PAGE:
\begin{align*} \max\:& x + y \\ \text{s.t.}\:& x + 2y \leq 1.5 \\ & x, y \in \{0,1\} \end{align*}

How would you solve this?

In [47]:
small_knapsack_model = Model(Gurobi.Optimizer)
@variable(small_knapsack_model , x, Bin)
@variable(small_knapsack_model , y, Bin)
@constraint(small_knapsack_model , x+2*y<=1.5)
@objective(small_knapsack_model , Max, x+y)
optimize!(small_knapsack_model )
println("X is: ", value(x), " Y is: ", value(y))
Set parameter TokenServer to value "flexlm"
Gurobi Optimizer version 9.5.0 build v9.5.0rc5 (linux64)
Thread count: 48 physical cores, 96 logical processors, using up to 32 threads
Optimize a model with 1 rows, 2 columns and 2 nonzeros
Model fingerprint: 0x062dc61b
Variable types: 0 continuous, 2 integer (2 binary)
Coefficient statistics:
  Matrix range     [1e+00, 2e+00]
  Objective range  [1e+00, 1e+00]
  Bounds range     [0e+00, 0e+00]
  RHS range        [2e+00, 2e+00]
Found heuristic solution: objective 1.0000000
Presolve removed 1 rows and 2 columns
Presolve time: 0.00s
Presolve: All rows and columns removed

Explored 0 nodes (0 simplex iterations) in 0.00 seconds (0.00 work units)
Thread count was 1 (of 96 available processors)

Solution count 1: 1 

Optimal solution found (tolerance 1.00e-04)
Best objective 1.000000000000e+00, best bound 1.000000000000e+00, gap 0.0000%

User-callback calls 139, time in user-callback 0.00 sec
X is: 1.0 Y is: 0.0

Branch and Bound Tree

The simple way is just to consider each possible value for $x$ and $y$ and compare the cost.

alt text

In the general case, this would lead to $2^N$ possible collections of items. After Shuvo has weighed all of them (and verified that he can lift them at once), he just chooses the best set.

Let's visualize this approach as a search tree:

alt text

It's rooted at what we call the relaxation: none of variables have integrality enforced. As we go down leaves of the tree, we add pick a variable to branch on, and create two descended nodes that fix that variable to one of its possible values. If we follow the tree all the way to the bottom, we reach our enumeration from before.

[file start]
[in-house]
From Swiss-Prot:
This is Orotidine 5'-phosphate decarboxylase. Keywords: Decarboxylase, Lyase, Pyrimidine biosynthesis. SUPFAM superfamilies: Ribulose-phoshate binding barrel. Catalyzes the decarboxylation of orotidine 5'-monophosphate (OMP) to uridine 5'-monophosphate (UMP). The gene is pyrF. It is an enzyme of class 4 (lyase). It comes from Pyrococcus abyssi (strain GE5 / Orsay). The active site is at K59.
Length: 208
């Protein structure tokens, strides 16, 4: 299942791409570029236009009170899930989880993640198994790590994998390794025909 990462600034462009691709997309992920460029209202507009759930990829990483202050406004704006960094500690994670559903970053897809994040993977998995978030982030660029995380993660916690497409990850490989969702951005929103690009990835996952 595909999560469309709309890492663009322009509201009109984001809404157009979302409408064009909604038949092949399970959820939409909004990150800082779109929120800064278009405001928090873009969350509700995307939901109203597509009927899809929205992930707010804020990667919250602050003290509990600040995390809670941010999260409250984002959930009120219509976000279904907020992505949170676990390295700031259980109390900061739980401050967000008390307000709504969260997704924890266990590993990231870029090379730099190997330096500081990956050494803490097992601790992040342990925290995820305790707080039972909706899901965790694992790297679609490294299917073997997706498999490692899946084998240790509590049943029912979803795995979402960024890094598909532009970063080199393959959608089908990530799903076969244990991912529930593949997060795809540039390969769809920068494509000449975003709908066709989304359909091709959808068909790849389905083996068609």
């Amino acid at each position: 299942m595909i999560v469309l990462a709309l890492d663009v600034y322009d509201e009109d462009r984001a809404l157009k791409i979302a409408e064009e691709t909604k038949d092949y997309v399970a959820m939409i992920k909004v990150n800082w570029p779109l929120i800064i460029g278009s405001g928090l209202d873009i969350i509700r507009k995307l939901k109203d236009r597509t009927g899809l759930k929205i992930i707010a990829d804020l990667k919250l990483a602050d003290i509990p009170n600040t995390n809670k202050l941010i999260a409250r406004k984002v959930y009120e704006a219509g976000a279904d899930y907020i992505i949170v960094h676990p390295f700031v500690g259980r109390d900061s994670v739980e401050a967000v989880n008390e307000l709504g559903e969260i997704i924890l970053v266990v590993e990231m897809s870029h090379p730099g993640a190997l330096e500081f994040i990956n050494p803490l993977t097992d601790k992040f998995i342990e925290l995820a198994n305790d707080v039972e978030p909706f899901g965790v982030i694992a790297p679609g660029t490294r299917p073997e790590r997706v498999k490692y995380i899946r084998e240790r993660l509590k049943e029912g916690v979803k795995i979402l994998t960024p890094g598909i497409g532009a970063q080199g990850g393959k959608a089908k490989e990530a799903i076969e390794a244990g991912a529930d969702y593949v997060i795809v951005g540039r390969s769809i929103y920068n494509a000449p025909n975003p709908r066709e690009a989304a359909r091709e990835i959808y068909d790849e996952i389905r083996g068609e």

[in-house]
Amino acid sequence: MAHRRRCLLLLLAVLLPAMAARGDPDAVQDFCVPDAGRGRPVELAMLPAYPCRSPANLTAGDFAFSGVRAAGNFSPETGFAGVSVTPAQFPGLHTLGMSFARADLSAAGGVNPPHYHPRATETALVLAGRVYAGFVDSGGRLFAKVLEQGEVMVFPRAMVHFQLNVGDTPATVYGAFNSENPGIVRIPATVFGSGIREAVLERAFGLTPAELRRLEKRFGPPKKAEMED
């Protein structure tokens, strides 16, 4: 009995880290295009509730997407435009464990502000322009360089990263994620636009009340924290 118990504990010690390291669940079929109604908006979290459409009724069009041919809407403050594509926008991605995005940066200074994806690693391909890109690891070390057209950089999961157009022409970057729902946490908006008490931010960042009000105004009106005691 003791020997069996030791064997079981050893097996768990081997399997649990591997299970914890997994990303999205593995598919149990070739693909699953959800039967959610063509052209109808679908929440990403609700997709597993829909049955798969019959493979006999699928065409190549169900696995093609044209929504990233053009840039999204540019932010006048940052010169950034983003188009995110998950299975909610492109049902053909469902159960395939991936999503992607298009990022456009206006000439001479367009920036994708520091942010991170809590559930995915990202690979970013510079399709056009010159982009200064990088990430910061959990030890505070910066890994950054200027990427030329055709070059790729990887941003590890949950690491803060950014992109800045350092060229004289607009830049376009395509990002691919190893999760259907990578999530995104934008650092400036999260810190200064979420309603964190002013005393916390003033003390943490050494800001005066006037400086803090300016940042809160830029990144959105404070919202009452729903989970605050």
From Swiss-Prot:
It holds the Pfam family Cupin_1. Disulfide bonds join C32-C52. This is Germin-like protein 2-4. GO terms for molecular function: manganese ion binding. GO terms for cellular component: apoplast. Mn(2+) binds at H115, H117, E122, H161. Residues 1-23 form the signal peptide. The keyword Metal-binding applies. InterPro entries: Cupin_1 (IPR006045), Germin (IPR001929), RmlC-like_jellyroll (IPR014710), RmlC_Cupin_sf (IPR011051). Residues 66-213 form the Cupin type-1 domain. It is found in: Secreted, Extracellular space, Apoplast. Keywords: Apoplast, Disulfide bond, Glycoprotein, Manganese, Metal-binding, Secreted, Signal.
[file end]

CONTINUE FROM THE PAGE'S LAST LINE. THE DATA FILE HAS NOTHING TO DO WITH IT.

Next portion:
As we go down the arcs of the tree we restrict our problem more and more, we must have that:

If node q is descended from node p, we must have that the optimal cost of subproblem q cannot be better than that of node p

When we are solving the subproblem q: the following possibilities can happen:

(i) subproblem q is leads to an infeasible solution, so q and any of its descendents cannot contain the optimal solution => we can discard it

(ii) subproblem q has an optimal value that is worse than our best found feasible solution so far, so q and any of its descendents cannot contain the optimal solution => we can discard it

(iii) none of (i), (ii) happens, so we need to continue branching on q (create more descendents of q)

That is, we can prune the tree and safely discard some nodes, kind of like this:

alt text

So at the root node the solver is solving the following relaxation:

\begin{align*} \max\quad& x + y \\ \text{s.t.}\quad& x + 2y \leq 1.5 \\ & 0 \leq x, y \leq 1 \\ & x, y \in \{0,1\} \end{align*}

and subsequently restricting the problem more and more at the descendents.

What does the relaxation (no integrality restrictions) of this problem look like?

  • First, we solve the LP relaxation and get $(x^*,y^*) = (1,0.25)$.
  • This isn't integer feasible, so we branch on $y$. The subproblem with $y = 1$ is infeasible, and the subproblem with $y = 0$ is feasible with solution $(x^*,y^*) = (1,0)$. This is integer feasible, so we update our lower bound. We've also exhausted the tree, so we have our optimal solution!
  • The branch-and-bound scheme can end up solving many subproblems, so for it to work well, we need to prune large portions of the tree.

Basic operation of the branch-and-bound algorithm

For a maximization problem, we'll keep track of a global lower bound $LB$ for our problem. Each node q will have an upper bound $UB_q$ that it inherents from its parent. If we get to the point where we have solved all subproblems (or, ideally, pruned off a great deal of them), we know that we're optimal. To do this we'll also keep track of a list $L$ of subproblems left to solve; initially, it's just the relaxation. The procedure is:

While $L$ is not empty, pick a subproblem q out of our list $L$ and solve it.

  1. if q is infeasible, continue
  2. if the solution is integer feasible, update the lower bound $LB$ if the cost is higher than what we had before
  3. if the relaxation value is less than our global $LB$ continue
  4. else pick a non-integer variable $i$ and branch by adding two subproblems to $L$:
    • One with $x_i = 0$
    • Another with $x_i = 1$

Branch-and-bound is sometimes called an implicit enumeration scheme because of step 3: we avoid solving any subproblems that we can prove won't produce the optimal solution.

For a minimization problem, the role of upper bound and lower bound will be flipped.

Ιmplementation of the Branch and Bound Algorithm in Gurobi

The "magic" of modern MIP solvers largely comes down to pruning massive portions of the tree. Some of this is essentially beyond your control, but there are certain things which you can do. This is the topic of Part II of this IP crash course.